My first day on the job in 1997 involved an all-nighter. I went into labor in the evening of Sept. 5 and the baby didn’t arrive until 14 hours later.
Moms are tired, it’s plain as that.
Sleepy. Exhausted. Drained. Weary. Beat. Worn out. I’ve used all the terms, but my kids are desensitized. These words, even coupled with dark circles under eyes, evoke no emotion or sympathy. It’s just part of Mom’s rhetoric, and really in a crisis like a missing glue gun or dispute over an article of clothing, there’s no time for fatigue.
Being physically tired in the early years of parenting is mainly borne of lack of sleep hours. But down the road, there is more emotional and psychological wear and tear.
The amount of energy it takes to coordinate six people’s schedules, or menu plan for six finicky pallets is exhausting.
Driving in circles to make sure all school drop-offs and pick-ups happen in addition to practices, rehearsals, and appointments can not only drain the gas tank, but drain the mommy tank.
In order that my kids begin to understand the true breadth and depth of my state of mind on a given day, I’ve invented some new kid-friendly vocabulary. If Eskimos can have 50 words for different kids of snow, moms can have more specific terms to adequately convey the A-Z’s of tired.
Here’s a few of the new terms:
— “Cereal-for-dinner” sleepy: Yeah, kiddos—mom’s not firing up the stove or oven tonight. She’s had it, to the point of sacrificing her family’s nutritional needs for rest.
— “Shouldn’t-be-operating-machinery” exhausted: Sorry girls, not going to be able to take you to the mall, or the other mall, or the girl’s house whose mom will take you to the mall. Mom is so tired; it’s now a safety issue.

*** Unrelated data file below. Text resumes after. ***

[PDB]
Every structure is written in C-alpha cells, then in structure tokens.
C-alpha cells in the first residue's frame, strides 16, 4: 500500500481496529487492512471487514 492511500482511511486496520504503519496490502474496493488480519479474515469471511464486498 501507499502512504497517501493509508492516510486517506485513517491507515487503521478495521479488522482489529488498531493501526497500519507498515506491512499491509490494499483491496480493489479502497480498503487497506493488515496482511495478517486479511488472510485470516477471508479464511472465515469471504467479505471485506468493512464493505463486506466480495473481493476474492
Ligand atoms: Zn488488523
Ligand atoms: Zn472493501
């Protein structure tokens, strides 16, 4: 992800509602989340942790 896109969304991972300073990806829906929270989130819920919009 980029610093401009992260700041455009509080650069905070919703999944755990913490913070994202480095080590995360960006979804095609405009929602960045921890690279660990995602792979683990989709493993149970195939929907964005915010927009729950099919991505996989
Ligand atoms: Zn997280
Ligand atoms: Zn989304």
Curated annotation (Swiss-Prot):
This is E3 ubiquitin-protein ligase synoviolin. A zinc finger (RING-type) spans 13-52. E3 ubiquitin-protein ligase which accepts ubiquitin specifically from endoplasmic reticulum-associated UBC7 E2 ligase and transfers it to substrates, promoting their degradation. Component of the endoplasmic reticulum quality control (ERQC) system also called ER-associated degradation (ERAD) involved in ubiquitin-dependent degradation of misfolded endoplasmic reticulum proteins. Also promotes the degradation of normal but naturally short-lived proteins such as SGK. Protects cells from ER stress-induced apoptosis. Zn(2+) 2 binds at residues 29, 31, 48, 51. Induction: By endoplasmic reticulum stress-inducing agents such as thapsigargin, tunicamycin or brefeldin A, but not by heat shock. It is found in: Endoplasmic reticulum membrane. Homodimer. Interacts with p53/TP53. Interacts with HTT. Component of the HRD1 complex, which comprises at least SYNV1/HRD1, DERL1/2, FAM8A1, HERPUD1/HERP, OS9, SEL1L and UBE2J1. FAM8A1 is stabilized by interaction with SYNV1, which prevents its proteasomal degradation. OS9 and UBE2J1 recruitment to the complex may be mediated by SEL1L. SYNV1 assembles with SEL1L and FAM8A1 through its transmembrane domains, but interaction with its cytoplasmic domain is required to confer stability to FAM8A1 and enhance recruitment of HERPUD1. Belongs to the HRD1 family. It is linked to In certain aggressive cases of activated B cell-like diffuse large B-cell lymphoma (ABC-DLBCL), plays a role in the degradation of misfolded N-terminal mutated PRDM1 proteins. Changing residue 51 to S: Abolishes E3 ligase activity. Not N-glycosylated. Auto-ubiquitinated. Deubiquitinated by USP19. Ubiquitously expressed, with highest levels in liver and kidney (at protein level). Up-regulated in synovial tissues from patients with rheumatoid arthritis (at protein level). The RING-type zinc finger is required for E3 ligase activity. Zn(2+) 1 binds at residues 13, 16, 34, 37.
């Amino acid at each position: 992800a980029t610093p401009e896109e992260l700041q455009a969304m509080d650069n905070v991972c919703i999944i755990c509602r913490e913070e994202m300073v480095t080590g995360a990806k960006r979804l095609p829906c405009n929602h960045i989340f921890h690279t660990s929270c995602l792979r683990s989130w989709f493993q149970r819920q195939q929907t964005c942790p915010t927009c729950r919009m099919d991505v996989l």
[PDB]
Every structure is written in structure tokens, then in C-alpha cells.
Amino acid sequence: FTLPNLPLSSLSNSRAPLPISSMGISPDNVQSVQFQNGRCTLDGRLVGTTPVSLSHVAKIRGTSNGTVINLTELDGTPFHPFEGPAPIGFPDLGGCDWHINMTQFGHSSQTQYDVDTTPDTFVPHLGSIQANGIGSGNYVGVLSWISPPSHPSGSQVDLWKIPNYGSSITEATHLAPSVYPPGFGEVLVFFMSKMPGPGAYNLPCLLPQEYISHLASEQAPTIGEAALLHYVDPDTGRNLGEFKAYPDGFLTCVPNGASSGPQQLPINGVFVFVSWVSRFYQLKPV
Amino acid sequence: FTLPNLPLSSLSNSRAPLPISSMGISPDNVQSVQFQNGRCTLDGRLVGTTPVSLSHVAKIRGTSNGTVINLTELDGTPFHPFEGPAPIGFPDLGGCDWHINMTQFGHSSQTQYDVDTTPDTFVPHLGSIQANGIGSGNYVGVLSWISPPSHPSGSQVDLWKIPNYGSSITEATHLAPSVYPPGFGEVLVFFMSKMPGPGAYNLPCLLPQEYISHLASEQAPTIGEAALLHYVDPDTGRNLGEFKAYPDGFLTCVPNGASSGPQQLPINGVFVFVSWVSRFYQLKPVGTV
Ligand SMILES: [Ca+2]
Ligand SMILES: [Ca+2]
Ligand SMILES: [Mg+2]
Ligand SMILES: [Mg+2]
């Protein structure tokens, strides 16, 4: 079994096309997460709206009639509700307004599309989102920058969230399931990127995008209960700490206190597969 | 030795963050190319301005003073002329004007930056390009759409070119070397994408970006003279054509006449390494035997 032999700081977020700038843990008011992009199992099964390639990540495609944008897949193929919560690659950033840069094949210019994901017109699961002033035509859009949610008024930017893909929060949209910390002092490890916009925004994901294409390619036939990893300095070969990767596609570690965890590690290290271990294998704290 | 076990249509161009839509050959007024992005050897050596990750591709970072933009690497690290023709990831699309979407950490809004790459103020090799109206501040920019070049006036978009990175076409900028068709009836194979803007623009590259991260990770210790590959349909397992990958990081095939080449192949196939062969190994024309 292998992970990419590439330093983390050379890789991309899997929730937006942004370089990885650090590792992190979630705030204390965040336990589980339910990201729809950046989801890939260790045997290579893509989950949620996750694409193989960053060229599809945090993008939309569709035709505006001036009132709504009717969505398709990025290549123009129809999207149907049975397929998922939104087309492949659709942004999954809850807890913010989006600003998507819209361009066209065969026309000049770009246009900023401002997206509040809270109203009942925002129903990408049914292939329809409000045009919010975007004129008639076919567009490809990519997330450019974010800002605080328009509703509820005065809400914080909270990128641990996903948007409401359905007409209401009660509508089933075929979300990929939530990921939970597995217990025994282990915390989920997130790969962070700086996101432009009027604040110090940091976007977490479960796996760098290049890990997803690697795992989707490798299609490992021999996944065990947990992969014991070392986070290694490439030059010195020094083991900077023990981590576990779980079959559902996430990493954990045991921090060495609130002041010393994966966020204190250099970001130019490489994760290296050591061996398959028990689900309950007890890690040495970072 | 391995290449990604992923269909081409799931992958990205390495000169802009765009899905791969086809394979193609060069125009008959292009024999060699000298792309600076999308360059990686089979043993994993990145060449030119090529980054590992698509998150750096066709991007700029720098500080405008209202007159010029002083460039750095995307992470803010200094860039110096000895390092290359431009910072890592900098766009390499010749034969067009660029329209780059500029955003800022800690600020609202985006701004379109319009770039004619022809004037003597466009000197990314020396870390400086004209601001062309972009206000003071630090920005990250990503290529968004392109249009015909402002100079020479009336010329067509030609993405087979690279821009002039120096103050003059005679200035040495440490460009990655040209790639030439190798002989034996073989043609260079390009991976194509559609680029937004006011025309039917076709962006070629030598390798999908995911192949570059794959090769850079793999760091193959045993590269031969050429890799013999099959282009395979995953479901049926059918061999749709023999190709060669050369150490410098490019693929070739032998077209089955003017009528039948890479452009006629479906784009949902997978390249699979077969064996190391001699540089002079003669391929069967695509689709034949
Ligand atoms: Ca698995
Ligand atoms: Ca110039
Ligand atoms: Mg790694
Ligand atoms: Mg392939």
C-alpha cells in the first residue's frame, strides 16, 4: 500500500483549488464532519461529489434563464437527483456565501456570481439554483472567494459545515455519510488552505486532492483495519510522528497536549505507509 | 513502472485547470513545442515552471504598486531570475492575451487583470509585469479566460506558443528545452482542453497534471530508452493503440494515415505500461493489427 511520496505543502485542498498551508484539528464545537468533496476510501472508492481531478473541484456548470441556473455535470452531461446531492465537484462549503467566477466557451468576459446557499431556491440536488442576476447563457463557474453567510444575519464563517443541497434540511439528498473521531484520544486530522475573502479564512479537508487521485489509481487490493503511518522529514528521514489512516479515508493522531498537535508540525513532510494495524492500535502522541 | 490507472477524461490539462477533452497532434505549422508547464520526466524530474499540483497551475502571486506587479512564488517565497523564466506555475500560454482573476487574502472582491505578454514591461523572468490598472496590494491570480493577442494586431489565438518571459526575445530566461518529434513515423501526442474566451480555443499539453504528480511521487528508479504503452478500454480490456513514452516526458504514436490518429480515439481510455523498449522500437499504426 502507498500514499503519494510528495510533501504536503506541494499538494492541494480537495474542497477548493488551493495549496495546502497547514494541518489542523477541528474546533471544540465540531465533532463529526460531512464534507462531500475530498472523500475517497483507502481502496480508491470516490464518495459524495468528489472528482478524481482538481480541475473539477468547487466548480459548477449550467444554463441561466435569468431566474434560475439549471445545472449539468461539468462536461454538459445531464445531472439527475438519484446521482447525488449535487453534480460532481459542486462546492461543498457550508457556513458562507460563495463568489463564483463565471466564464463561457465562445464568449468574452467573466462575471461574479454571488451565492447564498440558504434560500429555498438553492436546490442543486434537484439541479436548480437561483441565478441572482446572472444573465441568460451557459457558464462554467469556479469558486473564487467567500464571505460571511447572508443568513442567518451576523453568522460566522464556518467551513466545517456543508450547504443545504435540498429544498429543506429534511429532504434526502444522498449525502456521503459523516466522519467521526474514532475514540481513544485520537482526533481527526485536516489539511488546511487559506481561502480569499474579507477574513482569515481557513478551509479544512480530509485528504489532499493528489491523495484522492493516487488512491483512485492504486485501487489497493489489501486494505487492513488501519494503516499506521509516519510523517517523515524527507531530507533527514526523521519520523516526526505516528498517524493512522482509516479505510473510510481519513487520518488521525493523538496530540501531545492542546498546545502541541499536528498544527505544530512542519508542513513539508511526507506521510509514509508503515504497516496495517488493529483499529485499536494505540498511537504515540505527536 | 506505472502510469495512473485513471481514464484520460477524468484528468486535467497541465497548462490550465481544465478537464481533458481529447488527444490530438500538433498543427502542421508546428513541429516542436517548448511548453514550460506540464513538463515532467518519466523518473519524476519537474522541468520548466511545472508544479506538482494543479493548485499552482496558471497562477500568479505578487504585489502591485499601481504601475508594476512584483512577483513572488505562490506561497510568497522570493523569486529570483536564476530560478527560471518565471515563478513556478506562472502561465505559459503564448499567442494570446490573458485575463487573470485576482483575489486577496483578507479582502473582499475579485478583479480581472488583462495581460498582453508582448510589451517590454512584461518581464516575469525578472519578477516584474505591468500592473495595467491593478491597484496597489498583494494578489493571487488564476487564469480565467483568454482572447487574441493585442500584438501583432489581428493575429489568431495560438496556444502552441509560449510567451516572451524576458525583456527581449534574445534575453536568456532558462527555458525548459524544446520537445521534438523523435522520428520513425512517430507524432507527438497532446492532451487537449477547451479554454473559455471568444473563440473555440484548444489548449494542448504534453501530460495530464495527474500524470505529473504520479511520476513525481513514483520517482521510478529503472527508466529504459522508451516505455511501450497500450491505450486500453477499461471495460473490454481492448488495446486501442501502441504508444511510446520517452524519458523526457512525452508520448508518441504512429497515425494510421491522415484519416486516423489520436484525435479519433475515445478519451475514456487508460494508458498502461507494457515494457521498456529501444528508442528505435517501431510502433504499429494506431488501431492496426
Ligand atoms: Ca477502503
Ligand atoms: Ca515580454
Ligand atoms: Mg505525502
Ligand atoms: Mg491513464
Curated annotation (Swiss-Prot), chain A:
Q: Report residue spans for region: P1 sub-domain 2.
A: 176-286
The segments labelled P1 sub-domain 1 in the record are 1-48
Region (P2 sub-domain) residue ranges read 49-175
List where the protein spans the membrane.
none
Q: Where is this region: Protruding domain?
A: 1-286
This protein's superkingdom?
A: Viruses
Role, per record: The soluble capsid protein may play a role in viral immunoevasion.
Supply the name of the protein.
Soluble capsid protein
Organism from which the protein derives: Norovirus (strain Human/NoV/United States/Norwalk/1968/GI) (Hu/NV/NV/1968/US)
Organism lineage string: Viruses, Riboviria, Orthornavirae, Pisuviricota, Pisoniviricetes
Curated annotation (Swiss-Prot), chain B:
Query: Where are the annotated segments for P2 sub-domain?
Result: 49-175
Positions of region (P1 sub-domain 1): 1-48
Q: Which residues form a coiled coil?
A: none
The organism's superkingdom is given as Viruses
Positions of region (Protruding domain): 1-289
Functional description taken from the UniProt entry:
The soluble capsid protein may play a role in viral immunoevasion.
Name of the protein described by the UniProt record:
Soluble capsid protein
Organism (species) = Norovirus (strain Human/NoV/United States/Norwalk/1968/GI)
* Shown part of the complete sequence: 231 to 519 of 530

–“Watching-Brady Bunch- reruns-on-You Tube” tired: In order to cope, Mom’s brain has temporarily regressed to a time of innocence. A time when no one depended on her and everyday after school she watched Brady’s Bunch. Just let her be in her happy time warp and she’ll be available to serve your needs again soon.
— “Chronic-mistakes” fatigue: Mom’s brain has so many things swirling and whirling in it, she is not able to keep up her perfect track record today. This day, you may find that she forgot it was early release day and is late for pick up, didn’t get the matching tutus for Twins day she promised or forgot to call and order the replacement wheel for the left Heely shoe. Be kind to mom. Tomorrow is a new day.
— “Chocolate” wiped-out: Mom is so tired, she’s badly in need of a moral booster. Things are just serious enough that one piece will not suffice. This is a double entendre. When mom is this wiped out, she wipes out a whole one pounder from See’s. And that preaching about sharing you always hear? Well, mom won’t be practicing that today. Stay away from her chocolate, it’s actually medicine.
Jill Fales is the mother of four and the author of My Laundry Museum & Other Messy Gifts of Motherhood. Follow her on Twitter @JillFales or contact her at [email protected]